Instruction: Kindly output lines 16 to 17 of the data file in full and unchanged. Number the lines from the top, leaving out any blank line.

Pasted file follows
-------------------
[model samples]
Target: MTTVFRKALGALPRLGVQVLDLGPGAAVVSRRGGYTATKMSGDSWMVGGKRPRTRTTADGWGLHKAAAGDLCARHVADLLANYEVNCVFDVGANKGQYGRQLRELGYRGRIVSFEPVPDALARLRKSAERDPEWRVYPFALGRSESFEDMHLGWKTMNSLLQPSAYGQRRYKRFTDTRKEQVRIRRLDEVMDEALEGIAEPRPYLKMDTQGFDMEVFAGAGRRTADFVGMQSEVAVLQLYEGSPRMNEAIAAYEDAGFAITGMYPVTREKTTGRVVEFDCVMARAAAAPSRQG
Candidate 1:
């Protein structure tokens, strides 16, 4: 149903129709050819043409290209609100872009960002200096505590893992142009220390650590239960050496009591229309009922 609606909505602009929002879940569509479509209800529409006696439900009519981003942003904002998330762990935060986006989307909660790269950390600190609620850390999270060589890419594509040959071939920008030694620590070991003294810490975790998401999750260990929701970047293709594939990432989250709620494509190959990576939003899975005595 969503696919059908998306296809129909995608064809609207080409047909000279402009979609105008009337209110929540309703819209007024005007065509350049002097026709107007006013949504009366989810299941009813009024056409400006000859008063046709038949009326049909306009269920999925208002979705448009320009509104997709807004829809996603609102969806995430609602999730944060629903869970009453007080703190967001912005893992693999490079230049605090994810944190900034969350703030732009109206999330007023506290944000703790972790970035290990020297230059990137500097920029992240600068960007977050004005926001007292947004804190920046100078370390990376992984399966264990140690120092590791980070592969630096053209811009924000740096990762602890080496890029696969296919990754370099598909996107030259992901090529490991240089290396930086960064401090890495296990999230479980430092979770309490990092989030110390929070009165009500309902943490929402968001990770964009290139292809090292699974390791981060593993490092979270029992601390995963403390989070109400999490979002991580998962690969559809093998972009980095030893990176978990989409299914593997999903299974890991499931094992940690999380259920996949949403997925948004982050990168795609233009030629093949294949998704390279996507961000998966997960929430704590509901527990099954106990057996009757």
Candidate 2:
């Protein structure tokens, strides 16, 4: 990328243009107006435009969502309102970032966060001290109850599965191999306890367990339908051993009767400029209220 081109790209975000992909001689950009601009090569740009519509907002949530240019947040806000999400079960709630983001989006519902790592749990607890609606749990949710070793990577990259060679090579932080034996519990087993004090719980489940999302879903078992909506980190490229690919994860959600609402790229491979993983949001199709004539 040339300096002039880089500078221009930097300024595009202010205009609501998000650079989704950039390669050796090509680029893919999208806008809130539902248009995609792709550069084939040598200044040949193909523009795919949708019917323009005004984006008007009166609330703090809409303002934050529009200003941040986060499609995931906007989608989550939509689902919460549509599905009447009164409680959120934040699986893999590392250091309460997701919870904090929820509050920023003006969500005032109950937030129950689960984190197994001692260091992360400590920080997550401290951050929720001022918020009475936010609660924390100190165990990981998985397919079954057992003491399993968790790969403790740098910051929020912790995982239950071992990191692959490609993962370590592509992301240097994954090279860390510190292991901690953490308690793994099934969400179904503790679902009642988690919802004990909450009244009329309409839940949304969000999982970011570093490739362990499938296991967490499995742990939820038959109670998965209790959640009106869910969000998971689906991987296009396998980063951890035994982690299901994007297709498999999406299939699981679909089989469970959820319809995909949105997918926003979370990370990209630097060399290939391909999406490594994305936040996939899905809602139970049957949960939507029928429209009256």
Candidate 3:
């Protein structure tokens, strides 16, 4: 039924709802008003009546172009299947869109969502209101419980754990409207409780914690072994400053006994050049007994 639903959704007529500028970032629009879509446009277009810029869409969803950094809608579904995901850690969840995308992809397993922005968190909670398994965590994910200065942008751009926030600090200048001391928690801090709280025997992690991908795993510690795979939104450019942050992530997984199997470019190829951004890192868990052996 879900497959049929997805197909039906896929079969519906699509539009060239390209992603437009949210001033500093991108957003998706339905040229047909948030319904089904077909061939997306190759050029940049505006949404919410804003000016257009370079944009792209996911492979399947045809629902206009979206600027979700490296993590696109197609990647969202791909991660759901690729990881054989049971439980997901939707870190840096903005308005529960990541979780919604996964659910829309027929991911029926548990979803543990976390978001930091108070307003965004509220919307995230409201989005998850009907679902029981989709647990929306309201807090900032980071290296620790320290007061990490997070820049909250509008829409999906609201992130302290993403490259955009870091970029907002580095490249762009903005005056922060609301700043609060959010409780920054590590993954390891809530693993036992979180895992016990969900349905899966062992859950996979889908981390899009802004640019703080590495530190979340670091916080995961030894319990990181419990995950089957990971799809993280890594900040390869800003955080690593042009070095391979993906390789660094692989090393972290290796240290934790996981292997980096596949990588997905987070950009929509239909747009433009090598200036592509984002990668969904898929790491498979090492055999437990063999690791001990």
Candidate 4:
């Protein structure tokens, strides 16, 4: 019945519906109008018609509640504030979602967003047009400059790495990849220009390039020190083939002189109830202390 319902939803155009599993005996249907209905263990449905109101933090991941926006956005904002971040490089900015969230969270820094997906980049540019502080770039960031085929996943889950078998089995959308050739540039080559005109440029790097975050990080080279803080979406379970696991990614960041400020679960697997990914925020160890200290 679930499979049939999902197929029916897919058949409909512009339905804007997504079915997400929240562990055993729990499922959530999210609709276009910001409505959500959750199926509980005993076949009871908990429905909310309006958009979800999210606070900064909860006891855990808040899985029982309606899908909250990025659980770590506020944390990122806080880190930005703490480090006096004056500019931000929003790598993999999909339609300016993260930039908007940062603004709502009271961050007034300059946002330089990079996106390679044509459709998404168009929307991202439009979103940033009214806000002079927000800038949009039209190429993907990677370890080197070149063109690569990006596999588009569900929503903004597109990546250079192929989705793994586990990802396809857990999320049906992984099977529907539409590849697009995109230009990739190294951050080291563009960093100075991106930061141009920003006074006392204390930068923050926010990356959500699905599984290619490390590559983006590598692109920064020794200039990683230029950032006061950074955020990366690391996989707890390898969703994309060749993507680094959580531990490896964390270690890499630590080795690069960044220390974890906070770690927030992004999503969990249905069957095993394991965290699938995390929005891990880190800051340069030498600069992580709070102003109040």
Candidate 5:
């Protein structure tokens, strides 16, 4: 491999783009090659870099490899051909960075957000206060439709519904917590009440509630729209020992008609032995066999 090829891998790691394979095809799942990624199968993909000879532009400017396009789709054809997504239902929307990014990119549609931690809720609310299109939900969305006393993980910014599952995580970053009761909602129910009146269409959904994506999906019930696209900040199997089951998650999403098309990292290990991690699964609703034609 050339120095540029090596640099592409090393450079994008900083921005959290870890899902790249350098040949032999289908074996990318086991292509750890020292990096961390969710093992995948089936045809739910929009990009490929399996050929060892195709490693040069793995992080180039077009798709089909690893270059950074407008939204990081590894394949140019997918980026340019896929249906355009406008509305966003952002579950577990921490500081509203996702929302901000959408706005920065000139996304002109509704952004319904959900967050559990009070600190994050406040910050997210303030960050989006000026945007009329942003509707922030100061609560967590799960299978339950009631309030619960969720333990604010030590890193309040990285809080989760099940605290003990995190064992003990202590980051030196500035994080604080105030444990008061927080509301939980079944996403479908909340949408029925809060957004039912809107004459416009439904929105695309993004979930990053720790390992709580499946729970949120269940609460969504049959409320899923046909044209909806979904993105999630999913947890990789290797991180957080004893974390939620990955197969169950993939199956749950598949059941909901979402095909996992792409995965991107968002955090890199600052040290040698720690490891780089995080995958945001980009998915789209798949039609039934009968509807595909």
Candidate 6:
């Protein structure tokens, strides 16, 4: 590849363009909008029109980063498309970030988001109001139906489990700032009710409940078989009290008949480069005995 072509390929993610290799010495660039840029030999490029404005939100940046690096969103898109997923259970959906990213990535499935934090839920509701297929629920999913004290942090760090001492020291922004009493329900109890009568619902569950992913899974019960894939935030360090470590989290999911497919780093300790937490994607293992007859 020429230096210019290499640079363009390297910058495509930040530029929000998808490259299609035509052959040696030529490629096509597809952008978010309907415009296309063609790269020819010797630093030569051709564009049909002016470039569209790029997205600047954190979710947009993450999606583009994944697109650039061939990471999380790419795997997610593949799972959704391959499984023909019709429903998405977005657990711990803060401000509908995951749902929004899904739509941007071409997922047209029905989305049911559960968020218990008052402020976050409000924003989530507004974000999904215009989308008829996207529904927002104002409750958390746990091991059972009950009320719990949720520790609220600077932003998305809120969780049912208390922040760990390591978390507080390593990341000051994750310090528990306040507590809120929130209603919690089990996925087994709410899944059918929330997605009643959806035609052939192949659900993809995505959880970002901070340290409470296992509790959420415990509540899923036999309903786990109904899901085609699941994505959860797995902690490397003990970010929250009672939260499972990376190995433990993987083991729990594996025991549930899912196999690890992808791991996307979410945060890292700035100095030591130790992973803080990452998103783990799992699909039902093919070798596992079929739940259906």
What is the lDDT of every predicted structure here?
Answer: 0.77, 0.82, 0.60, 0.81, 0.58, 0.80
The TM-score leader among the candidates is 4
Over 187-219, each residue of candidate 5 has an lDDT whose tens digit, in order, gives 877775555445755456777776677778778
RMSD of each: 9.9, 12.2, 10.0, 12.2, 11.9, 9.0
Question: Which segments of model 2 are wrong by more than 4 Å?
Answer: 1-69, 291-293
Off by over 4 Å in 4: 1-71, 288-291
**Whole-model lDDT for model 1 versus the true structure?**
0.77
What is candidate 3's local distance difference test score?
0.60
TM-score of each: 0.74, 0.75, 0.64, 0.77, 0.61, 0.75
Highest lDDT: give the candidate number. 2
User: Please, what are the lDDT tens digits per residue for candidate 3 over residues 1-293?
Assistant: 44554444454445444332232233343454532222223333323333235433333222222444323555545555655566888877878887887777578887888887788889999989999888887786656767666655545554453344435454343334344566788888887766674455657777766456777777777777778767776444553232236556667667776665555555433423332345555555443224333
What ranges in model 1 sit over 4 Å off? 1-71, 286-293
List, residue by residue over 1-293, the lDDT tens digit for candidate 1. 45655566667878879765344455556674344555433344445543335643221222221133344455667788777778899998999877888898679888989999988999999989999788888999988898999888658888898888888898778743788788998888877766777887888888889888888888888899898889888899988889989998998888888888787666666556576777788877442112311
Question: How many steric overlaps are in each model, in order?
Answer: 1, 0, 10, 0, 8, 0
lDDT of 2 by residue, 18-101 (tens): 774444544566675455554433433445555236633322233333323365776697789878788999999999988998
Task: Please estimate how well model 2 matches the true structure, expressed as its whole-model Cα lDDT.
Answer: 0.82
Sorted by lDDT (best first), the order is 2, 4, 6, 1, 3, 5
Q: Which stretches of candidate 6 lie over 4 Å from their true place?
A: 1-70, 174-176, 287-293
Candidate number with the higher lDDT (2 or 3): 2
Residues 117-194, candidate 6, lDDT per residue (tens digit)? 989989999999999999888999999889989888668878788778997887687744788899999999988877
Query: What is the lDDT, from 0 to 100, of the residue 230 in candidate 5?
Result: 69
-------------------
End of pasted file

Answer: 0.77, 0.82, 0.60, 0.81, 0.58, 0.80
The TM-score leader among the candidates is 4